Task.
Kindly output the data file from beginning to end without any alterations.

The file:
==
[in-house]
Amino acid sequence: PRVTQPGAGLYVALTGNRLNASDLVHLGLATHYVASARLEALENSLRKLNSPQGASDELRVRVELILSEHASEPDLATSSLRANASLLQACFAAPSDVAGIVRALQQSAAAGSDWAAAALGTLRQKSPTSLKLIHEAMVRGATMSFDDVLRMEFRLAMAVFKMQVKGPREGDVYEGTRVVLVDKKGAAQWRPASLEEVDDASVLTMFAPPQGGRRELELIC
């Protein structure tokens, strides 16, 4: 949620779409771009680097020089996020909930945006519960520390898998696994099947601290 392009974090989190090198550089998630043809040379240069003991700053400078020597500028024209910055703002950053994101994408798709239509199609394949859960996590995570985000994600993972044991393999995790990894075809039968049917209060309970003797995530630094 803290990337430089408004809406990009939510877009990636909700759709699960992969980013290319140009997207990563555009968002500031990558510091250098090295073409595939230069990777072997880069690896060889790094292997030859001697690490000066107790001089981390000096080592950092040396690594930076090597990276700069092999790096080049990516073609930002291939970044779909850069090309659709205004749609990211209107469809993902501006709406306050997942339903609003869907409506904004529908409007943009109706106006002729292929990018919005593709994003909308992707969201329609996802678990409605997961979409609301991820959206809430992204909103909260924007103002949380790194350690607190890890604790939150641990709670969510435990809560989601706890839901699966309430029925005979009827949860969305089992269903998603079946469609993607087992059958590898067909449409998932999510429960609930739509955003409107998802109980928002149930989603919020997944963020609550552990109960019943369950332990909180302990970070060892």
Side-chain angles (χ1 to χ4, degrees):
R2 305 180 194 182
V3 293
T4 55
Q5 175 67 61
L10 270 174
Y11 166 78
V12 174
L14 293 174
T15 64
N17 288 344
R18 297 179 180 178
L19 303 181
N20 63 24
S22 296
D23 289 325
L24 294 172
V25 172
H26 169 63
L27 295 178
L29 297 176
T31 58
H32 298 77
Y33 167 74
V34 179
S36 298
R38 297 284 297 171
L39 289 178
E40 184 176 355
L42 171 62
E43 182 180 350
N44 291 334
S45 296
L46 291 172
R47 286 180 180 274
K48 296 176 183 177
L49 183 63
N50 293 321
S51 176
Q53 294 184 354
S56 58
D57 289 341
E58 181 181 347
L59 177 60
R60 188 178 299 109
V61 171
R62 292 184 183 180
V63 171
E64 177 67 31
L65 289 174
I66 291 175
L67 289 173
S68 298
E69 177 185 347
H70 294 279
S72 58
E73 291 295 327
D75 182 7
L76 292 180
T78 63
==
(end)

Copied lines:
[in-house]
Amino acid sequence: PRVTQPGAGLYVALTGNRLNASDLVHLGLATHYVASARLEALENSLRKLNSPQGASDELRVRVELILSEHASEPDLATSSLRANASLLQACFAAPSDVAGIVRALQQSAAAGSDWAAAALGTLRQKSPTSLKLIHEAMVRGATMSFDDVLRMEFRLAMAVFKMQVKGPREGDVYEGTRVVLVDKKGAAQWRPASLEEVDDASVLTMFAPPQGGRRELELIC
């Protein structure tokens, strides 16, 4: 949620779409771009680097020089996020909930945006519960520390898998696994099947601290 392009974090989190090198550089998630043809040379240069003991700053400078020597500028024209910055703002950053994101994408798709239509199609394949859960996590995570985000994600993972044991393999995790990894075809039968049917209060309970003797995530630094 803290990337430089408004809406990009939510877009990636909700759709699960992969980013290319140009997207990563555009968002500031990558510091250098090295073409595939230069990777072997880069690896060889790094292997030859001697690490000066107790001089981390000096080592950092040396690594930076090597990276700069092999790096080049990516073609930002291939970044779909850069090309659709205004749609990211209107469809993902501006709406306050997942339903609003869907409506904004529908409007943009109706106006002729292929990018919005593709994003909308992707969201329609996802678990409605997961979409609301991820959206809430992204909103909260924007103002949380790194350690607190890890604790939150641990709670969510435990809560989601706890839901699966309430029925005979009827949860969305089992269903998603079946469609993607087992059958590898067909449409998932999510429960609930739509955003409107998802109980928002149930989603919020997944963020609550552990109960019943369950332990909180302990970070060892």
Side-chain angles (χ1 to χ4, degrees):
R2 305 180 194 182
V3 293
T4 55
Q5 175 67 61
L10 270 174
Y11 166 78
V12 174
L14 293 174
T15 64
N17 288 344
R18 297 179 180 178
L19 303 181
N20 63 24
S22 296
D23 289 325
L24 294 172
V25 172
H26 169 63
L27 295 178
L29 297 176
T31 58
H32 298 77
Y33 167 74
V34 179
S36 298
R38 297 284 297 171
L39 289 178
E40 184 176 355
L42 171 62
E43 182 180 350
N44 291 334
S45 296
L46 291 172
R47 286 180 180 274
K48 296 176 183 177
L49 183 63
N50 293 321
S51 176
Q53 294 184 354
S56 58
D57 289 341
E58 181 181 347
L59 177 60
R60 188 178 299 109
V61 171
R62 292 184 183 180
V63 171
E64 177 67 31
L65 289 174
I66 291 175
L67 289 173
S68 298
E69 177 185 347
H70 294 279
S72 58
E73 291 295 327
D75 182 7
L76 292 180
T78 63